John Emsley's Nature's Building Bocks was published in paperback in 2003. In this readable, informative, and fascinating guide to the elements are entries on each of the 100-odd chemical elements, arranged alphabetically from actinium to zirconium. Each entry comprises an explanation of where the element's name comes from, followed by Body element (the role it plays in living things), Element of history (how and when it was discovered), Economic element (what it is used for), Environmental element (where it occurs, how much), Chemical element (facts, figures, and narrative), and Element of surprise (an amazing, little-known fact). Since publication of the first edition there have been a number of developments. Three new chemical elements have been named and validated: darmstadtium, roetgenium, and copernicium and the section on 'transfermium elements' has now been incorporated into the main part of the book. Economic uses of elements have grown, and some quite rare elements such as Scandium are now economically important, along with updates to elements such as gold due to new roles in industry. Fully revised and updated for 2010, this browsable compendium holds a wealth of useful information.
Personal details first: I'm married to Joan and we have two married children and four grandchildren. I now live in Ampthill in Bedfordshire to which we moved after living in London for 35 years. (Joan was deputy head teacher in Hampstead Garden Suburb School.) I am a writer, contributing articles to magazines as well as writing books. I also have a website johnemsley.com where I've deposited a lot of my articles including some fun ones that were published in newsletters.
Career details: I was a student in Manchester and did a PhD there in the 1960s. I was a lecturer in chemistry at King's College London for 24 years and produced more than 100 original research papers.
I became a full-time science writer in 1990, and was Imperial College's Science Writer in Residence from 1990-97, during which time I wrote a column for The Independent newspaper called Molecule of the Month.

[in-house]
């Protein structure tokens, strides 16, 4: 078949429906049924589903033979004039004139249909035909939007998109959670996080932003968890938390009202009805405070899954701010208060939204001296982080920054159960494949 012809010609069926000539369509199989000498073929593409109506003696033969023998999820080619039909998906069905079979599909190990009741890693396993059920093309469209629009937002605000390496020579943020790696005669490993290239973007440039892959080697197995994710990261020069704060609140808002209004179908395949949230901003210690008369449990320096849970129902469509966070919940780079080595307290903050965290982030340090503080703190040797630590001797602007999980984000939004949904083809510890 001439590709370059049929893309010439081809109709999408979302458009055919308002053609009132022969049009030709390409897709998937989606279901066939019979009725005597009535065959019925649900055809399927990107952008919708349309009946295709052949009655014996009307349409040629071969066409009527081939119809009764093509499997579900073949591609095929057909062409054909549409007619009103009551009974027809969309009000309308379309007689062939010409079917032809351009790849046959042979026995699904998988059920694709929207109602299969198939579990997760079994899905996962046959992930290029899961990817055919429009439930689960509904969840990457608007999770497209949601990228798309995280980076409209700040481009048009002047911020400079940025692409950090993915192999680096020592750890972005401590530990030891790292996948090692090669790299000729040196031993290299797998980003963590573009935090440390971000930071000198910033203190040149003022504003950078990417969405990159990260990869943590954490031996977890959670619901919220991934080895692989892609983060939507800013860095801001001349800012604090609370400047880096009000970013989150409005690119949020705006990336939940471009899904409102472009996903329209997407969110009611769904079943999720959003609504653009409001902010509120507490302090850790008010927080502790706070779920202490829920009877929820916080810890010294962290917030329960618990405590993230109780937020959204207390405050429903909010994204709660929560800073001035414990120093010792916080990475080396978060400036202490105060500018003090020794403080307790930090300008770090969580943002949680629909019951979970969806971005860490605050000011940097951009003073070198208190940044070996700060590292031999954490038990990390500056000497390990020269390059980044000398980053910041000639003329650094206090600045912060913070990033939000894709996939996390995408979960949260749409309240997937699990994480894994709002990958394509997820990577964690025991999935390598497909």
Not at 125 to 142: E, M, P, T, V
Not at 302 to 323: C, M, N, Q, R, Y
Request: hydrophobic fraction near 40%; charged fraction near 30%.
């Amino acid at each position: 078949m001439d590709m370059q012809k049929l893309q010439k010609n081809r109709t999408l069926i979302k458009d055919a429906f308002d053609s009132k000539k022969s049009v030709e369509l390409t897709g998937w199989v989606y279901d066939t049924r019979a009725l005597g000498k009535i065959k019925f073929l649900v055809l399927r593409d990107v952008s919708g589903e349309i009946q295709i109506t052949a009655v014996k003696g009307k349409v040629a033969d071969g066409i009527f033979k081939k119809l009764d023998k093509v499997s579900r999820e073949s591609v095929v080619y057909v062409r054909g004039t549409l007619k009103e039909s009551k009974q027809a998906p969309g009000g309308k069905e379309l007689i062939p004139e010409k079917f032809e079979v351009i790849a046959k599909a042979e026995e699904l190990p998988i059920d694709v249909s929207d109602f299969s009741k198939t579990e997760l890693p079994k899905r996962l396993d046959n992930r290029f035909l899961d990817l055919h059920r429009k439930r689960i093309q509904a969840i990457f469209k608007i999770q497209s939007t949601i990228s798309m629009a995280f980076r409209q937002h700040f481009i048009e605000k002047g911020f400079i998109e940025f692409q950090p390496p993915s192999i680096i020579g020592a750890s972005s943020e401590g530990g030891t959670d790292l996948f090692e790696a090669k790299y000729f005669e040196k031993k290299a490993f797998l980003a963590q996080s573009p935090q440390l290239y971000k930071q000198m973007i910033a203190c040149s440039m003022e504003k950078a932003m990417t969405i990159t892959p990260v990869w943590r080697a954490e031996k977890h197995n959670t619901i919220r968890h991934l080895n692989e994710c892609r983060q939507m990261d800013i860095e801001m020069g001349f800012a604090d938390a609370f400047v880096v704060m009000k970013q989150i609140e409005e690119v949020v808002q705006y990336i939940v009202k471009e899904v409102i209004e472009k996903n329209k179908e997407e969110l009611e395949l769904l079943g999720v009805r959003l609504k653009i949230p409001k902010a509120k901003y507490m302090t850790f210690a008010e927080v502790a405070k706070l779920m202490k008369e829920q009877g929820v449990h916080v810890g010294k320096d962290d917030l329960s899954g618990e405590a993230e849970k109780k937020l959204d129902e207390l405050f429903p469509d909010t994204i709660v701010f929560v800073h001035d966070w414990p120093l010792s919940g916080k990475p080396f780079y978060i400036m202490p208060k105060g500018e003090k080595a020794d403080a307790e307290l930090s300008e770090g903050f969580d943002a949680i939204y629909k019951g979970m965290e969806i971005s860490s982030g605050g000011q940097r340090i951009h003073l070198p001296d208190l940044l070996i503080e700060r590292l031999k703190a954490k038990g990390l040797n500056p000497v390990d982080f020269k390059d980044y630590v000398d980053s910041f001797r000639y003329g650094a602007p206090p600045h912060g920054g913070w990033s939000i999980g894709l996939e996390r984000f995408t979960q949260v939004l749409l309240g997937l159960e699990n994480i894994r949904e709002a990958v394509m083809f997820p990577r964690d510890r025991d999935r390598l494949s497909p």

From 1997-2002 I held a similar position in the Department of Chemistry at the University of Cambridge when I produced its newsletter Chem@Cam.
I began writing popular science books while at Imperial College and the first of these was The Consumer's Good Chemical Guide which won the Science Book Prize of 1995. Then followed Molecules at an Exhibition, Nature's Building Blocks (now in its second edition), The Shocking History of Phosphorus, Vanity, Vitality & Virility, The Elements of Murder, Better Looking, Better Living, Better Loving, Molecules of Murder, and A Healthy, Wealthy, Sustainable World.
My latest book is a short novel, Islington Green, which is based on the themes of A Healthy, Wealthy, Sustainable World, and I did this in the hope that it might reach a wider audience. It's available as an e-book and priced £1.99.
My popoular science books have been translated in most other languages, including Korean and Thai, and in 2003 I won the German Chemical Society Writer's Prize. Over the years, I've taken part in radio programmes and acted as an advisor for TV programmes which involved chemistry. One of my more interesting consultancies was to assess the claims being made in television adverts where these involved household chemicals, a job I did for 12 years.